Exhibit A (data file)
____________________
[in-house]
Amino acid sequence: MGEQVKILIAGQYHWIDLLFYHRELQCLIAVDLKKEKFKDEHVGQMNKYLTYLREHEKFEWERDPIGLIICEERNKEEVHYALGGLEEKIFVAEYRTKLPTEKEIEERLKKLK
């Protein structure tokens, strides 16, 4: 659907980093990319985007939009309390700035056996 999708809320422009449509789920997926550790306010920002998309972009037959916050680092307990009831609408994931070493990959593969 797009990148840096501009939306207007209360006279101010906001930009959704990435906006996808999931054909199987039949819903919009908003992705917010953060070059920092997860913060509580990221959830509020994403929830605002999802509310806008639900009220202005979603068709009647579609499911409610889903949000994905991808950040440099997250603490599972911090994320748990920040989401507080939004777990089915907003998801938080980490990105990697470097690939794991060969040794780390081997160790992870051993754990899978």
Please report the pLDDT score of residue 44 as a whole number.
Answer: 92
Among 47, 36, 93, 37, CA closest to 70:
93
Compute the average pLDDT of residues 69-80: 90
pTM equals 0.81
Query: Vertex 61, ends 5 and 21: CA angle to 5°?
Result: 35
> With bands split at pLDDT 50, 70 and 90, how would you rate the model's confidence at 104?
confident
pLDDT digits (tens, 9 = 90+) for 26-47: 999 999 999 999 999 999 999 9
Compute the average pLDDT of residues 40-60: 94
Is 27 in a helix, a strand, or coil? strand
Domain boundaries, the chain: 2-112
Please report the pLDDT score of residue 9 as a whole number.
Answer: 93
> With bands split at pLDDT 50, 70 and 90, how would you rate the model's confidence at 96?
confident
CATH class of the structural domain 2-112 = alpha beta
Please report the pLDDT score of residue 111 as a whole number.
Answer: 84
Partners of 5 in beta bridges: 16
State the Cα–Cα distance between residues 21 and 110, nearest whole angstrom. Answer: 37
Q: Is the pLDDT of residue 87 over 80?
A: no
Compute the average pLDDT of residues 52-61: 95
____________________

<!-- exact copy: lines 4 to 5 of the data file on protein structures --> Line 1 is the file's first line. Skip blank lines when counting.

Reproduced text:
Please report the pLDDT score of residue 44 as a whole number.
Answer: 92